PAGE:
Two dial colors are available: a silver variant representing “light” and a dark gray representing “shadow.” Both have a subtle vertically oriented texture meant to symbolize stalks of bamboo. While Grand Seiko’s textured dials are always impressive, I think the defining characteristic of these watches is the very prominent green seconds and power reserve hands on each. The silver dialed watch uses a bright and bold green, while the gray is paired with a lighter shade. Green dials have been an emerging trend over the last year, but green hands are less common, and the color combinations here are surprising to say the least. It will be interesting to see these watches in person, and observe how changing light impacts the presentation of these colors. As anyone who has handled a Grand Seiko knows, the polishing and dial treatments can take on dramatically different visual characteristics in different lighting conditions.
The Soko Special Editions run on Spring Drive movements with a 72 hour power reserve and +/- 1 second per day accuracy. It’s notable that these watches measure just 39mm in diameter, which is likely to garner praise from collectors who have been wanting Grand Seiko to trend smaller and thinner. The Soko Special Editions are mounted on stainless steel bracelets, but each also ships with a crocodile leather strap with a three-fold clasp. Carrying a $5,000 retail price, I think the Soko editions are priced somewhat aggressively for Grand Seiko. Consider that for that price you’ll be getting one of Grand Seiko’s unique textured, nature inspired dials, the Spring Drive movement, and what is effectively a bonus strap, I think that if you like the look of this somewhat offbeat watch, there’s real value in this package.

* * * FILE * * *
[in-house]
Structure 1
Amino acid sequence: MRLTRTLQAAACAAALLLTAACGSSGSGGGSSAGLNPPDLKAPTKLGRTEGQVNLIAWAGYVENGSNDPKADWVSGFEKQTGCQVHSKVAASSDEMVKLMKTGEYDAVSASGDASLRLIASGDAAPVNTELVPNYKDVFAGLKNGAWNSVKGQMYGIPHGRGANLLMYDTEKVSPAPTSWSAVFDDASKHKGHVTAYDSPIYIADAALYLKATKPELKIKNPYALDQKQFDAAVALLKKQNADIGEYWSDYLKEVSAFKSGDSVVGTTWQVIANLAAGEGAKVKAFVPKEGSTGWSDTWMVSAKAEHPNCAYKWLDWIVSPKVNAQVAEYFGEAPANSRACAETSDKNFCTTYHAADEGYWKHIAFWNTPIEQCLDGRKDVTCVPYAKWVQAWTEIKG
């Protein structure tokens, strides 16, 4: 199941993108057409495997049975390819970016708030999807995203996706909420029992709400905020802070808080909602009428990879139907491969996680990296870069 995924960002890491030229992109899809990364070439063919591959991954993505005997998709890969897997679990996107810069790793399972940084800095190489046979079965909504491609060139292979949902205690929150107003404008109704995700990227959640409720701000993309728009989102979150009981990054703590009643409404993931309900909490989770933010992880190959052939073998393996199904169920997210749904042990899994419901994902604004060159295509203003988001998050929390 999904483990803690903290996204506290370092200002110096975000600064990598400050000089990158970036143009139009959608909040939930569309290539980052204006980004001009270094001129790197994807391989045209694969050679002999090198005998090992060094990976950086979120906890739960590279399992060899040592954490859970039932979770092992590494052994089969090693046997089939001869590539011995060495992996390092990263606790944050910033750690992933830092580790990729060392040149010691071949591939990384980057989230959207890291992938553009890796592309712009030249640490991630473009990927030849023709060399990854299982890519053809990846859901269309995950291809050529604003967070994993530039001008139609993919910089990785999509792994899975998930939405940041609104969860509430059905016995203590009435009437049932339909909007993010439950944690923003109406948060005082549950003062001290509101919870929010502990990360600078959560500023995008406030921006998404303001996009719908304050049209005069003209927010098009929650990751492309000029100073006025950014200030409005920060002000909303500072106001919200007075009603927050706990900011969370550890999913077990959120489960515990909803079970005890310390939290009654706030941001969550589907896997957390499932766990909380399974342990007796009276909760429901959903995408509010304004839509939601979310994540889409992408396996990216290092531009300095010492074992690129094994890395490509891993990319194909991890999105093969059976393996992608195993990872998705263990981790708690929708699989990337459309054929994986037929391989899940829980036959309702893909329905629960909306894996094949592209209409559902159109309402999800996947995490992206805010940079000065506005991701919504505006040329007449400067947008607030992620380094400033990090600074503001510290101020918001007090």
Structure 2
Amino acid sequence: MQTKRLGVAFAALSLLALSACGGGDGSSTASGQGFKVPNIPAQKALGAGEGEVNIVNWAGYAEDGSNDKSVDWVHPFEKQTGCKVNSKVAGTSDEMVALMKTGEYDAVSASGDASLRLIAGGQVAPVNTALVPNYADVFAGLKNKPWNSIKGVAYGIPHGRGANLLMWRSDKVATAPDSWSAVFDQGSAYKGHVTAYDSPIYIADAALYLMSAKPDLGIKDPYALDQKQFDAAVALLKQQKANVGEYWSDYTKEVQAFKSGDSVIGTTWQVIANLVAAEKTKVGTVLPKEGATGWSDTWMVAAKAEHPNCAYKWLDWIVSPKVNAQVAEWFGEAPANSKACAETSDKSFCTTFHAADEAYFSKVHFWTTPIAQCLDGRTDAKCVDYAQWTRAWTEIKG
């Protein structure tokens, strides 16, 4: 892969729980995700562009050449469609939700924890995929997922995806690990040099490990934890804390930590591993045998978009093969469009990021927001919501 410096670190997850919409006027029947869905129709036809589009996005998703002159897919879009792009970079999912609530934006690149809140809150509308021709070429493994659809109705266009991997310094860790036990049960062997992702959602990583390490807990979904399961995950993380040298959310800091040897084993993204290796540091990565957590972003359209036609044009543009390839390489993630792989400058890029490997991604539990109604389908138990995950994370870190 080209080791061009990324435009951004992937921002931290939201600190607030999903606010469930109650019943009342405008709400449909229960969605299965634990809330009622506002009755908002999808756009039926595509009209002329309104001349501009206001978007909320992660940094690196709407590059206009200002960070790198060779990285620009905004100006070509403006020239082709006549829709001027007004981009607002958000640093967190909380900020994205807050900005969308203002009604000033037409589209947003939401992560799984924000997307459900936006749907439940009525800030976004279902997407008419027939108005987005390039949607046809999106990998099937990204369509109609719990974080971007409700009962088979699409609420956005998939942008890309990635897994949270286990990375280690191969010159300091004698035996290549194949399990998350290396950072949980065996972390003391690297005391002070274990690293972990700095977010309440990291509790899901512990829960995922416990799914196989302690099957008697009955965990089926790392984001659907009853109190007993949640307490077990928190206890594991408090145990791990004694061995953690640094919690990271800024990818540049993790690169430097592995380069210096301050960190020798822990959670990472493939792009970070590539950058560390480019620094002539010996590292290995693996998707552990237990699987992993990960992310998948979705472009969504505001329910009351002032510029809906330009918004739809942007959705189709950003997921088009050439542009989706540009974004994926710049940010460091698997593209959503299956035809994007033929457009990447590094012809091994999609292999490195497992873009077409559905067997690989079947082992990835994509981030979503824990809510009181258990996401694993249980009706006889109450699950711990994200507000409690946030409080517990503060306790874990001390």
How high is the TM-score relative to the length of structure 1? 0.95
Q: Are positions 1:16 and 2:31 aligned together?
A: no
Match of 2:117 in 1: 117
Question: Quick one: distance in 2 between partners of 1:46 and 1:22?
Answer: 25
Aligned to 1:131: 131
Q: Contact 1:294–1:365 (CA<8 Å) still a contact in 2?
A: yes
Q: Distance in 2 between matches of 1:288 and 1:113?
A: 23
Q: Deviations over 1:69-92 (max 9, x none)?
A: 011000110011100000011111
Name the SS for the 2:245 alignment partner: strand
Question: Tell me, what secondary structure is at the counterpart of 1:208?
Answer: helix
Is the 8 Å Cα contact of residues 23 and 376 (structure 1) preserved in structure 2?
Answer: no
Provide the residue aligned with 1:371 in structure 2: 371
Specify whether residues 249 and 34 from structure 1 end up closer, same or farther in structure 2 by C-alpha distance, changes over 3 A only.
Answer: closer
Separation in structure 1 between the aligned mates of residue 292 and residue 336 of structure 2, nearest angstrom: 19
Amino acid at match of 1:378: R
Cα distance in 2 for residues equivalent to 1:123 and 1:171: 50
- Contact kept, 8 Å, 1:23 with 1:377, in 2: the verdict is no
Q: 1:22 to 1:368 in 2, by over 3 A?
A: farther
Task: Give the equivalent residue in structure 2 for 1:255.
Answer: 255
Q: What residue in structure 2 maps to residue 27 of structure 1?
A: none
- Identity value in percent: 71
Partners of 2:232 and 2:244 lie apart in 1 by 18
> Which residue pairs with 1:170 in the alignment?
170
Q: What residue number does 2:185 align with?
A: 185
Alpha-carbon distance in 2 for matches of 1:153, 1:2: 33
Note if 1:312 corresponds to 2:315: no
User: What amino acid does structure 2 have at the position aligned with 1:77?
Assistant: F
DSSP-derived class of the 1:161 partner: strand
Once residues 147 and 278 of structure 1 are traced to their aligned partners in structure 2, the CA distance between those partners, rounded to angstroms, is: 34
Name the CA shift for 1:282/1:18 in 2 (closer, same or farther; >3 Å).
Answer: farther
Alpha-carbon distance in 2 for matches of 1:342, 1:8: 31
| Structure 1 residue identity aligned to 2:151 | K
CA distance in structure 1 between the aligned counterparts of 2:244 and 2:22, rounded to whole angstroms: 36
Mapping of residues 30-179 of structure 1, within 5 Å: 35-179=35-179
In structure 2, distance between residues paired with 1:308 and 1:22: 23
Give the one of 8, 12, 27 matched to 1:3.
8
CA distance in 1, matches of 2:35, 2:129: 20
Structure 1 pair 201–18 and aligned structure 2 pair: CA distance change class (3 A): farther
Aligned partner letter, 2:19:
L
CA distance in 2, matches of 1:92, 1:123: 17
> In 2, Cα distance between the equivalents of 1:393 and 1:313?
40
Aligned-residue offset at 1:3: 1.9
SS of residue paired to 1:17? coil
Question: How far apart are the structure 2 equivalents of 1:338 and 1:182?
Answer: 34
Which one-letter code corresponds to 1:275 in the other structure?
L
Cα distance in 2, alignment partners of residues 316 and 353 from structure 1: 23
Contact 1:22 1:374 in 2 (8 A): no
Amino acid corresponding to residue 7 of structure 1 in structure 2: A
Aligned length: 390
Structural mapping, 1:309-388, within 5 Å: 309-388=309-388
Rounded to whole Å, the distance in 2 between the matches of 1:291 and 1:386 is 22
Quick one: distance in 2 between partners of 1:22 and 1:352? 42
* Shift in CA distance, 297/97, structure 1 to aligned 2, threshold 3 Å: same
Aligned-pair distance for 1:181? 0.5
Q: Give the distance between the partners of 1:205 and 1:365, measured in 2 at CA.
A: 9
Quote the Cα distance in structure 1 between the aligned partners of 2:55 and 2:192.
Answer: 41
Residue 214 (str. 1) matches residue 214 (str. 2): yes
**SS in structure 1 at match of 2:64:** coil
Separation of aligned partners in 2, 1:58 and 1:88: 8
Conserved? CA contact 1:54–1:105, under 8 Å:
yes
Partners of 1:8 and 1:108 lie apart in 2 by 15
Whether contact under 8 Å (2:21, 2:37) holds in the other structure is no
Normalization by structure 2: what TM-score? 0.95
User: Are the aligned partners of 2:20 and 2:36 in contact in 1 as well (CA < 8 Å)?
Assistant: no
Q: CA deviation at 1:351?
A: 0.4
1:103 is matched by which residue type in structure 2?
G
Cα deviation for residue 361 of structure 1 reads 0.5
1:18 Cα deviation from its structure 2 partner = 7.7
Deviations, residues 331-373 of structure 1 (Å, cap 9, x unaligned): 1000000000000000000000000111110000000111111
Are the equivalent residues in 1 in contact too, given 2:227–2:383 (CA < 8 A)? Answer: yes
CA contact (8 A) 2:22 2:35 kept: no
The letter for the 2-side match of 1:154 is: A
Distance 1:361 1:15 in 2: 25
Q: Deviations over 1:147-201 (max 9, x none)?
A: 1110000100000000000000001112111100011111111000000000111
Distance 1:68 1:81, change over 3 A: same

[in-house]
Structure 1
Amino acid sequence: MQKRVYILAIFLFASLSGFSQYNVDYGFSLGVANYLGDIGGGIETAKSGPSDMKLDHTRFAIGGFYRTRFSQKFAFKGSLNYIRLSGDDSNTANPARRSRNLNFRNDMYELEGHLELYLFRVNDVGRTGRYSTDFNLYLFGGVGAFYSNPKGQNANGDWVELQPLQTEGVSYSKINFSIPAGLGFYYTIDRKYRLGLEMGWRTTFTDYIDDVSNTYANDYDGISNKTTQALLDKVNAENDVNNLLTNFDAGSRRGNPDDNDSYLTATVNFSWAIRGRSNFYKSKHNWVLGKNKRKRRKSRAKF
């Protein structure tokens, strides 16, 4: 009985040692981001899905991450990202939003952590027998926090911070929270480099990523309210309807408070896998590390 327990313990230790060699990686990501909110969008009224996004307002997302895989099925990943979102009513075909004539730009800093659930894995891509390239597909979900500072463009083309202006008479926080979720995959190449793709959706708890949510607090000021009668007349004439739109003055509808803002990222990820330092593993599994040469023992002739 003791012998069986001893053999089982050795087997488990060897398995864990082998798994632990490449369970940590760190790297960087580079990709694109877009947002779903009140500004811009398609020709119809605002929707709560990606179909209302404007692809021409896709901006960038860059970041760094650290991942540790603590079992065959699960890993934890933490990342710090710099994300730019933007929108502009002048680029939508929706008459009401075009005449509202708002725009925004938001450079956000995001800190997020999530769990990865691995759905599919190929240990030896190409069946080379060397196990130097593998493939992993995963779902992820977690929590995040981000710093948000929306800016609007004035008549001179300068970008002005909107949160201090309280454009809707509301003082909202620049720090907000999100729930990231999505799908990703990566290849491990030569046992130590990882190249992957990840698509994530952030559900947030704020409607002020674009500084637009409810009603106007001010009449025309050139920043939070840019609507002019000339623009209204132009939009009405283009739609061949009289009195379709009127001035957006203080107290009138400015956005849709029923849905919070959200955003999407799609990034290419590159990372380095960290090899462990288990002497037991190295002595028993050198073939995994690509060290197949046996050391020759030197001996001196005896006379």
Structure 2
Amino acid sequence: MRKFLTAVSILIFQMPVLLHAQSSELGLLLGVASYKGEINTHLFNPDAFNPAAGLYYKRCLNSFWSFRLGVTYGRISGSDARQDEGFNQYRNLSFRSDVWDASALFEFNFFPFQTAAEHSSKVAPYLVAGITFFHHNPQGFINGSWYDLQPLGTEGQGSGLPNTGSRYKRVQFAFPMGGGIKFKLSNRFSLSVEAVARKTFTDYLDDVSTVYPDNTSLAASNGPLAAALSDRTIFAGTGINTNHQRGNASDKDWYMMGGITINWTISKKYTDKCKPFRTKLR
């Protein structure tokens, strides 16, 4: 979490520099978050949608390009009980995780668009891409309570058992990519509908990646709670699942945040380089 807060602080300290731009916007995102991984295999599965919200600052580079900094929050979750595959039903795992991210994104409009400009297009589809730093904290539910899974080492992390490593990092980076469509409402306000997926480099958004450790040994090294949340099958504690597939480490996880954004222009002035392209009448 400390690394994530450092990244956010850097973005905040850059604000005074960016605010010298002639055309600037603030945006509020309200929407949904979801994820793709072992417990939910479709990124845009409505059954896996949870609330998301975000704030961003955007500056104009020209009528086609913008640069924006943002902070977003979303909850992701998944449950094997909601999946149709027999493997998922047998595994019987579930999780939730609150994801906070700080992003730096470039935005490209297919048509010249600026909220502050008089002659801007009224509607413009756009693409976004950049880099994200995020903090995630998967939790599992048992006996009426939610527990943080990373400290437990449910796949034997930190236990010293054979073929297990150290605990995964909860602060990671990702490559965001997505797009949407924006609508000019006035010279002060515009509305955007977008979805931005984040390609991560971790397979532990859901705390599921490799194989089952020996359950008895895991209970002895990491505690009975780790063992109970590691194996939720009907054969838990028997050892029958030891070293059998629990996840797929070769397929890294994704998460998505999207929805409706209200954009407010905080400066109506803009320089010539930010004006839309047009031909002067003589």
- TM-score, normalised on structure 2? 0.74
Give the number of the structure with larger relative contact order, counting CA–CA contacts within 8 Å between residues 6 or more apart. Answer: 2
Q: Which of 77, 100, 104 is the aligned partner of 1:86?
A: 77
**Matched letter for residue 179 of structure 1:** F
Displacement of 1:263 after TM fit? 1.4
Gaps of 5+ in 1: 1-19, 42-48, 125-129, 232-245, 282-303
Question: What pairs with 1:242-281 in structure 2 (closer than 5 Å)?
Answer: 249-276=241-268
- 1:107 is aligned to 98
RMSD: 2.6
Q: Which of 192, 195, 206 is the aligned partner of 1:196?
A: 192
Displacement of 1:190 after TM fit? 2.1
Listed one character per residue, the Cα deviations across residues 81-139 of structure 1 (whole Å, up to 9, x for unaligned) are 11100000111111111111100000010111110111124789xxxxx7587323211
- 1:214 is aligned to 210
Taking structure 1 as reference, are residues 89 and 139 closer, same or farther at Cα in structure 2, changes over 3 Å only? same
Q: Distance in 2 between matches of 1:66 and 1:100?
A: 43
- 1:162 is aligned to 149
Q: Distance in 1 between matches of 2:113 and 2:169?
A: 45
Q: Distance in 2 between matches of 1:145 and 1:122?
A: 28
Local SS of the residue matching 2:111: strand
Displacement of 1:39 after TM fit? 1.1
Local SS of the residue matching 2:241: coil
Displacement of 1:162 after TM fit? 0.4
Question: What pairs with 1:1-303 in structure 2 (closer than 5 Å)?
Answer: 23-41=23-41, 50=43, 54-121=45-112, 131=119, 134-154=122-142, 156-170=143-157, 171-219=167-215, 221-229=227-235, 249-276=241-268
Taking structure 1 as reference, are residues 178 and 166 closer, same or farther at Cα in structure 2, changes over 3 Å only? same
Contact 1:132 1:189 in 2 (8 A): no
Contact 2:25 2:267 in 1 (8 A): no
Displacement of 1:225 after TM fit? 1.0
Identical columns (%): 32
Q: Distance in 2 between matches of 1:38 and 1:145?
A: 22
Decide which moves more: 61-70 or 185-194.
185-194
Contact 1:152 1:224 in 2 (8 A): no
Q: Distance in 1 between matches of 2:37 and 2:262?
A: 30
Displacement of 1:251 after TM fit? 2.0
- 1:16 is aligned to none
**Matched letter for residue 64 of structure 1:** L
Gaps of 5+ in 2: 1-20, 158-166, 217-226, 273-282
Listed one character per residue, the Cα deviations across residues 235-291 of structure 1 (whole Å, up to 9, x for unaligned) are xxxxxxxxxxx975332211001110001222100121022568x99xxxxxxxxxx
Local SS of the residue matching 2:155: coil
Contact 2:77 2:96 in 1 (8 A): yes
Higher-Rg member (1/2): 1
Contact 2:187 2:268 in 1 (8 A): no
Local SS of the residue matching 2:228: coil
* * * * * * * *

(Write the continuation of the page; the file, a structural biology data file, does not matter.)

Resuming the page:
The Soko Special Editions are US Exclusives, and like last year’s seasons collection are permanent additions to the catalog, but limited in production (but not a numbered limited edition). Grand Seiko